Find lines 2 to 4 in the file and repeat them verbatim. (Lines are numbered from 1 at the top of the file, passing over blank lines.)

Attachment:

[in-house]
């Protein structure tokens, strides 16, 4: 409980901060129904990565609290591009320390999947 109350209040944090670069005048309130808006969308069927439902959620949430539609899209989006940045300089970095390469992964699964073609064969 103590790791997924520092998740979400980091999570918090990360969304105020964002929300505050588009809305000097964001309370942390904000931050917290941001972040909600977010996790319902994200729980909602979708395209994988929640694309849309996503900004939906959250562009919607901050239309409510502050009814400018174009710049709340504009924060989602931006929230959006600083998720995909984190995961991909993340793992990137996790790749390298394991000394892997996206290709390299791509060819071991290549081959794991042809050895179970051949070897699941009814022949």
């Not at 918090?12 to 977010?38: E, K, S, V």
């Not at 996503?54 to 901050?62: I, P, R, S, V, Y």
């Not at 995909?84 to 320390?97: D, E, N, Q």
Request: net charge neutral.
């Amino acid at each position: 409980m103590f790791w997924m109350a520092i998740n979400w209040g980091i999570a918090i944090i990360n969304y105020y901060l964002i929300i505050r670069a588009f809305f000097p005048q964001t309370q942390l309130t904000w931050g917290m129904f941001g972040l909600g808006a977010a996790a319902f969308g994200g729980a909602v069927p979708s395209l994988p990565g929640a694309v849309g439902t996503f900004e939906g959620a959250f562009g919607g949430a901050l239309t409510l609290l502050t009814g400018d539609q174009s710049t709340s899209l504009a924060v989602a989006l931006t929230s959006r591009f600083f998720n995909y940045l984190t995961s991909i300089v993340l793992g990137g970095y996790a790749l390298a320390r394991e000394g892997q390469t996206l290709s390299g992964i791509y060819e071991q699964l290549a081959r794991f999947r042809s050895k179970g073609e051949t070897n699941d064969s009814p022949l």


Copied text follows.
């Protein structure tokens, strides 16, 4: 409980901060129904990565609290591009320390999947 109350209040944090670069005048309130808006969308069927439902959620949430539609899209989006940045300089970095390469992964699964073609064969 103590790791997924520092998740979400980091999570918090990360969304105020964002929300505050588009809305000097964001309370942390904000931050917290941001972040909600977010996790319902994200729980909602979708395209994988929640694309849309996503900004939906959250562009919607901050239309409510502050009814400018174009710049709340504009924060989602931006929230959006600083998720995909984190995961991909993340793992990137996790790749390298394991000394892997996206290709390299791509060819071991290549081959794991042809050895179970051949070897699941009814022949």
């Not at 918090?12 to 977010?38: E, K, S, V």
């Not at 996503?54 to 901050?62: I, P, R, S, V, Y």